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Black Photoresist for Patterning Pixel Define Layer of Organic Light Emitting Diode with Polyimide as Thermal Stabilizer

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DOI: 10.4236/msa.2018.96040    290 Downloads   656 Views  


In order to improve the visibility for outside use of organic light emitting diodes (OLEDs), the polarized film and black matrix pattern have been used in the small and medium sized OLEDs; however, these cause problem of reducing the emission efficiency of OLED. Changing the color of pixel define layer (PDL) from brown to black is an important point for improving the efficiency and visibility of OLEDs. In this work we studied the photoresist material containing black pigment and the photolithographic process for patterning of black PDL on OLEDs. The black PDL patterns made with our synthesized polyimides as thermal stabilizer were found to give high thermal stability over 300°C.

1. Introduction

Organic light emitting diodes (OLEDs) have extended their applications from small size mobile devices to large OLED TVs, flexible OLED, and lightings. The changes have become possible due to such merits of OLEDs as fast response time, low operating voltage, wide viewing angle as well as light weight and thin-film features [1] [2] [3] [4] . The panel of small size OLED has separate subpixel structure of red (R), green (G), and blue (B) light emission from pixel define layer (PDL) which is fabricated by photolithographic process.

Currently positive-tone photosensitive polyimide is used to make three dimensional pixel microstructures in the PDL. So that the color of the PDL is yellowish brown, the usual color of polyimide films. Since the yellowish brown polyimide layer of PDL can reflect the ambient light, the visibility of the OLED display is reduced, especially used outdoors. In order to improve the visibility of OLED display, black matrix patterns need to be fabricated on top of the pixel define layer in addition to the 1/4λ polarizing film on top of the black matrix pattern layer as shown in the cross-sectional view of OLED panel in Figure 1.

If the pixel define layer could be patterned with a black photoresist, the black matrix pattern and 1/4λ polarizing film may not be required for the improved visibility of OLED devices. However, the photosensitivity of the positive-tone polyimide currently used is not high enough to give black PDL patterns which have thickness of 1.0 - 1.2 µm. So far to the best of our knowledge, thermally stable black PDL researches on OLED display have not been reported yet.

In this work, a negative-tone photoresist was investigated for the photolithographic patterning of black PDL of OLED, since the polymerization depth of UV light is deeper than that of positive-tone photosensitive polyimide. The components necessary for the black negative photoresist include photoinitiator, photosensitizer, binder polymer developable with aqueous alkaline solution, multifunctional monomer for crosslinking reaction, black millbase and polyimide [5] [6] to increase the thermal stability of patterned black PDL of OLED devices. The last component of the black negative photoresist is very important since the process temperature of black PDL reaches close to 300˚C including post-curing step after photopatterning. This is the reason why photosensitive polyimide has been used in the normal (not black) pixel define layer patterning. Another important part of the black negative photoresist for patterning black PDL of OLED is the complete solubility of all the components of negative photoresist in the common organic solvent in this case propyleneglycol monomethylether acetate (PGMEA). If this condition is not met, the resulting black PDL pattern will have saw-toothed deformation due to the aggregates made by incomplete solubility of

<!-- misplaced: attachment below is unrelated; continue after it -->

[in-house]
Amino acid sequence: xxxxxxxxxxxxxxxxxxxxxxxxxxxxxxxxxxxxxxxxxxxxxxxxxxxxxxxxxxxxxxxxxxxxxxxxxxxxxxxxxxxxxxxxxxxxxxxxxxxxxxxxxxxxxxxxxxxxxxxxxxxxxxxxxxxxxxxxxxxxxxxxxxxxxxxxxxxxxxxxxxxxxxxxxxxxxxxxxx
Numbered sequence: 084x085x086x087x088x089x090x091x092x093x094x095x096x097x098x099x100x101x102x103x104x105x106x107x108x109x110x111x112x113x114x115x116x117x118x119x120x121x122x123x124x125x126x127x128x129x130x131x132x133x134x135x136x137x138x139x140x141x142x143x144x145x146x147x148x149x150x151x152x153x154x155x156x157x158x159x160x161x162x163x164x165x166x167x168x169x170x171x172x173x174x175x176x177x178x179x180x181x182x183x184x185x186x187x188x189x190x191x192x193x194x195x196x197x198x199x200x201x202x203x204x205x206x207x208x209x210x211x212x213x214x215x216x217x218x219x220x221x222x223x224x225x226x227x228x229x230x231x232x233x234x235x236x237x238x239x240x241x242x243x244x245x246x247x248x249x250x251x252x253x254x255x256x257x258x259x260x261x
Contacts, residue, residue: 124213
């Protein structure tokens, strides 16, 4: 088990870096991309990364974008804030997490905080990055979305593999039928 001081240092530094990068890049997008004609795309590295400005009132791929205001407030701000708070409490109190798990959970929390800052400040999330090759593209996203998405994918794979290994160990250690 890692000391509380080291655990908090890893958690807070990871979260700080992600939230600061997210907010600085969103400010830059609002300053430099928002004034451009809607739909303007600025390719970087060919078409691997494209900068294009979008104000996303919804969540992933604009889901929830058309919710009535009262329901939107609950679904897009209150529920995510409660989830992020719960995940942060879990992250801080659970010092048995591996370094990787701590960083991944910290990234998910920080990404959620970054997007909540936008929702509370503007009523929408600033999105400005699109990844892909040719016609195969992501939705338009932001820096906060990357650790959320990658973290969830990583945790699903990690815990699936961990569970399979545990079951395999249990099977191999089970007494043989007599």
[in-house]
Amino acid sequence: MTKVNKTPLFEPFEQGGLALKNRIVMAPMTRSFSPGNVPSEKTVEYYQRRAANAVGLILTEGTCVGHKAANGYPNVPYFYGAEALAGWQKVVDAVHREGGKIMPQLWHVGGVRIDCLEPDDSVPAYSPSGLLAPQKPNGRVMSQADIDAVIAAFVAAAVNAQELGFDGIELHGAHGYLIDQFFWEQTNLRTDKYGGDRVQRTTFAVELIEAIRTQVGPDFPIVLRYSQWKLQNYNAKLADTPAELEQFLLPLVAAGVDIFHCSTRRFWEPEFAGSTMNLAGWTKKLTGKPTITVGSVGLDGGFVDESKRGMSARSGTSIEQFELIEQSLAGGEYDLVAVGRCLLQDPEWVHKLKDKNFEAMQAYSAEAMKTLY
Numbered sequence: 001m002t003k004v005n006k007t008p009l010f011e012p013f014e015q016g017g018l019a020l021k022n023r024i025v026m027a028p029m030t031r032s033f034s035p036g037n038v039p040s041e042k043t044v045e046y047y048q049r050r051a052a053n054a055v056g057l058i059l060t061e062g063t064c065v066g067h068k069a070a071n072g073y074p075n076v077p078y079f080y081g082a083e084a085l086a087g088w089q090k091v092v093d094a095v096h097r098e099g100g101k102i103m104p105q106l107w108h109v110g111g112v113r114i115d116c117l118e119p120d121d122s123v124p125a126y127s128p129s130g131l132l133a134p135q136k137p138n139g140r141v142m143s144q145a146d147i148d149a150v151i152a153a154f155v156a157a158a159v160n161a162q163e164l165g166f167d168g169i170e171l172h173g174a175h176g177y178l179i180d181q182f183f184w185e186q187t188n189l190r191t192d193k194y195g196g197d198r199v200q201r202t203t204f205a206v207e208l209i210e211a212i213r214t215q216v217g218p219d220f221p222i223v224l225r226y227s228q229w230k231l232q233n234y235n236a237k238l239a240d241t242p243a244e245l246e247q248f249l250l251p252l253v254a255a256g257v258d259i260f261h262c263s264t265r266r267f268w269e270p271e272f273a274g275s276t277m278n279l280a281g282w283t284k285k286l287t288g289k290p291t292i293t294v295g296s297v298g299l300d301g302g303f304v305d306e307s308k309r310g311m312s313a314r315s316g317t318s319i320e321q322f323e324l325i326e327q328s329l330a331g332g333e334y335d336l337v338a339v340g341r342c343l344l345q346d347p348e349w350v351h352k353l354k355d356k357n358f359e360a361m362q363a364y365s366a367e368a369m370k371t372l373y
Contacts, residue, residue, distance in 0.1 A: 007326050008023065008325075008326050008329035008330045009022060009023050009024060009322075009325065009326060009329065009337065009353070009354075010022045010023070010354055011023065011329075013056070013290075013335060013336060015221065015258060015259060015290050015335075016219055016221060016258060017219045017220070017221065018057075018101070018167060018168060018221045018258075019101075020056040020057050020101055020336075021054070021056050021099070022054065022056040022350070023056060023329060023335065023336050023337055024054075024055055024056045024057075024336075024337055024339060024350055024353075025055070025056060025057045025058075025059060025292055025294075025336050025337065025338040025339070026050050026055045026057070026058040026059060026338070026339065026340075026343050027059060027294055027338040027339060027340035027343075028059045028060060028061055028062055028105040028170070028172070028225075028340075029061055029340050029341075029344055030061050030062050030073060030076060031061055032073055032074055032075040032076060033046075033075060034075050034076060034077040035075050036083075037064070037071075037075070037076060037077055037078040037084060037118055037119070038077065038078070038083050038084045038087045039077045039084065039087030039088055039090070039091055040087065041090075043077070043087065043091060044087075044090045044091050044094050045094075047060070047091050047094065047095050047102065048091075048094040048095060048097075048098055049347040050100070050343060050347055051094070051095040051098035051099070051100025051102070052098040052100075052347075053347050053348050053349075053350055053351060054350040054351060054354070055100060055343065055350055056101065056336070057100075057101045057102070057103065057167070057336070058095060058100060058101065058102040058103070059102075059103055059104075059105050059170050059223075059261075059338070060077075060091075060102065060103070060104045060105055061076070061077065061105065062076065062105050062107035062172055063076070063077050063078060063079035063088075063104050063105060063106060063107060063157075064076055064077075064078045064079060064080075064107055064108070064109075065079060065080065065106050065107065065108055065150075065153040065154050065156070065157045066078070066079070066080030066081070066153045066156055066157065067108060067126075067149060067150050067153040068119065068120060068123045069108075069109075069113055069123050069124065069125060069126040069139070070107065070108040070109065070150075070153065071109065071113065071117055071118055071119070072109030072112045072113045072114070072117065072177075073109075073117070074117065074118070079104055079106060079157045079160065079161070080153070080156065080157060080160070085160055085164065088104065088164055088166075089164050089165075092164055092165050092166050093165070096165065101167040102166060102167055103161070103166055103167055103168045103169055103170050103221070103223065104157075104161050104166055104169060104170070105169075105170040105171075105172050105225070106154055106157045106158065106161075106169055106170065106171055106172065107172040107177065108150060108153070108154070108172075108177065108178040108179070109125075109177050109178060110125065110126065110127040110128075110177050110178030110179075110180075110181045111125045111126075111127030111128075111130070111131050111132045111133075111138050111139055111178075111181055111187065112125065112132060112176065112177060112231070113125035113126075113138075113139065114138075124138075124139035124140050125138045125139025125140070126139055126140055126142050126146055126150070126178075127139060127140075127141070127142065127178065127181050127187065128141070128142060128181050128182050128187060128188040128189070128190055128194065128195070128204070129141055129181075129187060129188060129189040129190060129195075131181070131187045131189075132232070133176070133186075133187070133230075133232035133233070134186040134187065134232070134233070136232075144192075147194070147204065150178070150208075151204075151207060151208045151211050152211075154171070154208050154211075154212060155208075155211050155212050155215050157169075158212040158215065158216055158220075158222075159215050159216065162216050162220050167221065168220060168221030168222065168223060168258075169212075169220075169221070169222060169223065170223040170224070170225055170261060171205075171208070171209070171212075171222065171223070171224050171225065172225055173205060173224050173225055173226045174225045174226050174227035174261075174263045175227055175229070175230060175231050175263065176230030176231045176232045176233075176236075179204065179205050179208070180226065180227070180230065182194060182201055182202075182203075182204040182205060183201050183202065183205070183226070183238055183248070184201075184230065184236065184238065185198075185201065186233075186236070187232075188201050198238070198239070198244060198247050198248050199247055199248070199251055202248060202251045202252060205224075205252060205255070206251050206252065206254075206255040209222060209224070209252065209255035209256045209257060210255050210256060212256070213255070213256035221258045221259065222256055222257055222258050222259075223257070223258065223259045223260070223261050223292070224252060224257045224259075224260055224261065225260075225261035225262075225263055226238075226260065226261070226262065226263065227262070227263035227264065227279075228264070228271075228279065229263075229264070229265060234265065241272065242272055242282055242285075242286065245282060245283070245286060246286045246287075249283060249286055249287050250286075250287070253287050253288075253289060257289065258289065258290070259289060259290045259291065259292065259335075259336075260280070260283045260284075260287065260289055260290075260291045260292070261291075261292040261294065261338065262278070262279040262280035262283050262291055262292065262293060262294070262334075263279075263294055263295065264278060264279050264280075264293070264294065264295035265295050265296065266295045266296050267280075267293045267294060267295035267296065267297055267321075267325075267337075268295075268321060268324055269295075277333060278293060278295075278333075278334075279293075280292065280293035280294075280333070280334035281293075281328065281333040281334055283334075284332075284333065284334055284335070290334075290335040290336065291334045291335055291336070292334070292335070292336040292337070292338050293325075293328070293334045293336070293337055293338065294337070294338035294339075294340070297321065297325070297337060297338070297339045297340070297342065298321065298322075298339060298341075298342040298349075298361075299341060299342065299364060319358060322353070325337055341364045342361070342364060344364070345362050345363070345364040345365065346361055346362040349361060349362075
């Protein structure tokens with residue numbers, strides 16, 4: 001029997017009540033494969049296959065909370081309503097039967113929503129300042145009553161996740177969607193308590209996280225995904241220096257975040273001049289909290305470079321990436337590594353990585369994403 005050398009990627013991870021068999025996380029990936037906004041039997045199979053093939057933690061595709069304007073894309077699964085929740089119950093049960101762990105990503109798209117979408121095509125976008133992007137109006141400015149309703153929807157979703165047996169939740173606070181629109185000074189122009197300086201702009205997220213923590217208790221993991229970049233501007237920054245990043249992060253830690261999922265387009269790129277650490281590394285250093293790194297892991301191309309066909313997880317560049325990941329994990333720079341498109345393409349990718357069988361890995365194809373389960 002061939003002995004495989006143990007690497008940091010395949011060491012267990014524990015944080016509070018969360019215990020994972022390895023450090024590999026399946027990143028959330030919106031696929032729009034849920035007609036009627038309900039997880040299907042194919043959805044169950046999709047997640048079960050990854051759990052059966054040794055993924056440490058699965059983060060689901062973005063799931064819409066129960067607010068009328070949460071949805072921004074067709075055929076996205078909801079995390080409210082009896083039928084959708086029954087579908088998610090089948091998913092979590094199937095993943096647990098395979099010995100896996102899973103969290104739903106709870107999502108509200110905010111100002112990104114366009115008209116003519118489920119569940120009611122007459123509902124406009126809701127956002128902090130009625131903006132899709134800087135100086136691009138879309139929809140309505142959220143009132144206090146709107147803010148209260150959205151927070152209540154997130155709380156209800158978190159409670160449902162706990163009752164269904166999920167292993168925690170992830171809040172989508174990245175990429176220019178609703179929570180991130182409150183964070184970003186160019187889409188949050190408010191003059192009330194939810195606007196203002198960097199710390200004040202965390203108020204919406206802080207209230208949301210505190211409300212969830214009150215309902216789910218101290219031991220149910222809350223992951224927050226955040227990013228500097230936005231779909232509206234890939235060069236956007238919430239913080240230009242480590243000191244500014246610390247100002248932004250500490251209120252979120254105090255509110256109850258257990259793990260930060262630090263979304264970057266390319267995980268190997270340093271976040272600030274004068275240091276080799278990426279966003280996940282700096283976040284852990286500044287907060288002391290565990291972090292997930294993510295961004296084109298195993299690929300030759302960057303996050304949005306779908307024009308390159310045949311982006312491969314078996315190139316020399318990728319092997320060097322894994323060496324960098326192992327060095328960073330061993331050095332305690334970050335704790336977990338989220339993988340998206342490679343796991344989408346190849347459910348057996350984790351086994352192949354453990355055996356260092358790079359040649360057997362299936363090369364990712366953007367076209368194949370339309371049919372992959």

Figure 1. Cross-sectional view diagram of OLED panel.

the ingredients in the photoresist solution [7] [8] [9] . So extensive research was conducted on the synthesis of polyimides which have both high thermal stability and solubility in PGMEA common organic solvent and their application to the black photoresist formulation for photolithographic patterning of black PDL in OLED devices.

2. Experimental

2.1. Materials

All the reagents and solvents were purchased from commercial sources and used directly in the experiments without further purification. Abbreviations of compounds are as following: 4,4’-(hexafluoroisopropylidene) dipthalic anhydride (6FDA); 5-(2,5-dioxo tetrahydrofuryl)-3-methyl-3-cyclohexene-1,2-dicarboxylic anhydride (MCDA); 2,2’-bis(3-amino-4-hydroxy-phenyl)hexafluoropropane (AH6FP); 4-phenylethynylpthalic anhydride (PEPA); trimellitic anhydride (TMA); pthalic anhydride (PAn); dimethyl acetamide (DMAc); N-Methyl-2-pyrrolidone (NMP); propyleneglycol monomethylether acetate (PGMEA); and ethyl acetate (EtOAc).

2.2. Synthesis of Polyimides by Solution Polymerization

Dianhydride (6FDA, 14.9 mmol) and monoanhydride (PAn, 2 mmol) in 30 wt% NMP solution was added into two different diamine (4,4-ODA, 15 mmol and AH6FP, 15 mmol) 30 wt% NMP solutions separately at 0˚C and stirred for 1 hour. Then the two reaction mixture were bought up to 45˚C and stirred for 23 hours and finally at 130˚C for 4 hr for thermal imidization as shown in Figure 2. After cooling down the viscous reaction mixture was poured into excess amount of water and the precipitates were collected by centrifugation. The precipitates were redissolved in EtOAc and the organic layer was washed with brine twice. The organic layer was dried with anhydrous Na2SO4 and evaporated to dryness under vacuum to afford polyimides as red-orange powder (SPIO and SPIF).